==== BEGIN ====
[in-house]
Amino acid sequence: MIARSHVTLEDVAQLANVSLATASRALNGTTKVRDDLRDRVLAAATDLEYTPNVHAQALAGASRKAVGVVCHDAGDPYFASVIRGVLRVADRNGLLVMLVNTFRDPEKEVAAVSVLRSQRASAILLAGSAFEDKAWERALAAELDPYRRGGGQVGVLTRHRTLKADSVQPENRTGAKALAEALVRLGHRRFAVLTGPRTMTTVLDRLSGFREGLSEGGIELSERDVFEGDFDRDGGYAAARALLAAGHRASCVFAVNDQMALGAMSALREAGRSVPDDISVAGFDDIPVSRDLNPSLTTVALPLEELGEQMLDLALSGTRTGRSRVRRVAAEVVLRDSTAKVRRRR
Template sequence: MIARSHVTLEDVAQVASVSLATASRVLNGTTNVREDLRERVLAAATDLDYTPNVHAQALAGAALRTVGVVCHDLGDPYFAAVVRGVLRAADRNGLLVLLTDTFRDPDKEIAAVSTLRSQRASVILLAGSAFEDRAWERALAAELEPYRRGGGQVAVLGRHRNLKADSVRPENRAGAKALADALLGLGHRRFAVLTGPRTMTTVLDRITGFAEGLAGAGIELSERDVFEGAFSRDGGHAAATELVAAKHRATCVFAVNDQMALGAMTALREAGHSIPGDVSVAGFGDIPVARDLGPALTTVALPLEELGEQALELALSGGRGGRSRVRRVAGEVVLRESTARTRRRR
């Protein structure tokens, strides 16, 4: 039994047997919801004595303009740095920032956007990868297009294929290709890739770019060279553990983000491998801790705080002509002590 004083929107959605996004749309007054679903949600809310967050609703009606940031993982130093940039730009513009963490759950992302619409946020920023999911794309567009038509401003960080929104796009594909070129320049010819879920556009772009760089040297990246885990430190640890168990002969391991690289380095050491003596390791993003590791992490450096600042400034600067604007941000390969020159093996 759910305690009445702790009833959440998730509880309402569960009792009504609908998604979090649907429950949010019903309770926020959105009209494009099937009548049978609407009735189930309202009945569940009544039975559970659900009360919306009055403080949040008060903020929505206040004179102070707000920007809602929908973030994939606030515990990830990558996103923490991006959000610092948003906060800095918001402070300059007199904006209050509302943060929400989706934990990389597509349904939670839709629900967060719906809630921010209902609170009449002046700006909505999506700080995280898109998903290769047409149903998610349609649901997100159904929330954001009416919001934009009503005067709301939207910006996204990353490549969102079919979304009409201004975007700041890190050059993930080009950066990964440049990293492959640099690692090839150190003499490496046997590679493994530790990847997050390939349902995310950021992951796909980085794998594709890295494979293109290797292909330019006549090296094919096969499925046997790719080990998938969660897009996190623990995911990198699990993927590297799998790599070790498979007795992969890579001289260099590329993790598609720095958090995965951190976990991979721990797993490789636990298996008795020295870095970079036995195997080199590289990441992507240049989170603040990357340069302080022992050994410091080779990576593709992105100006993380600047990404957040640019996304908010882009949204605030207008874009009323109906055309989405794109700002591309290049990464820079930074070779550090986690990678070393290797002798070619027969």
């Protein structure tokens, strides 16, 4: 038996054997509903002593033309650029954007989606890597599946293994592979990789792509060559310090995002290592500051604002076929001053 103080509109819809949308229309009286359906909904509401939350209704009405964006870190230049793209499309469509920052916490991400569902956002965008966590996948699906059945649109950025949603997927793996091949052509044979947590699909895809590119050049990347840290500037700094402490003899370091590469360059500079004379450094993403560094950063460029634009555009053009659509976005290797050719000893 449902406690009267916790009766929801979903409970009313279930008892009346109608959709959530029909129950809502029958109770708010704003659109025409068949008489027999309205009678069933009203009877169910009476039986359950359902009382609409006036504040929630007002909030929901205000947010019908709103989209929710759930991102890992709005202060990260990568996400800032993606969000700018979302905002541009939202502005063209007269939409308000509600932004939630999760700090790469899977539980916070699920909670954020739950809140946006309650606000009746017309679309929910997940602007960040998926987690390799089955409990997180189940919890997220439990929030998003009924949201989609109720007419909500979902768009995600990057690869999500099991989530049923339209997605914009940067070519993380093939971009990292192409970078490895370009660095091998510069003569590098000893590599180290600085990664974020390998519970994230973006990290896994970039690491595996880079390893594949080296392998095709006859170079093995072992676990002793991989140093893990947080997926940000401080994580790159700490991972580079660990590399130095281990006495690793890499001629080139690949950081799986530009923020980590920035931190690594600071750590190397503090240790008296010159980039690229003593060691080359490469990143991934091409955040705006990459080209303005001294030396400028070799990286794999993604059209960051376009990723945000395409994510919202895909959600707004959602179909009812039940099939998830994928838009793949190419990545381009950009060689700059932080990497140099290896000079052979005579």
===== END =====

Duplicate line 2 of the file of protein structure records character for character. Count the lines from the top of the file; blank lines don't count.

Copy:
Amino acid sequence: MIARSHVTLEDVAQLANVSLATASRALNGTTKVRDDLRDRVLAAATDLEYTPNVHAQALAGASRKAVGVVCHDAGDPYFASVIRGVLRVADRNGLLVMLVNTFRDPEKEVAAVSVLRSQRASAILLAGSAFEDKAWERALAAELDPYRRGGGQVGVLTRHRTLKADSVQPENRTGAKALAEALVRLGHRRFAVLTGPRTMTTVLDRLSGFREGLSEGGIELSERDVFEGDFDRDGGYAAARALLAAGHRASCVFAVNDQMALGAMSALREAGRSVPDDISVAGFDDIPVSRDLNPSLTTVALPLEELGEQMLDLALSGTRTGRSRVRRVAAEVVLRDSTAKVRRRR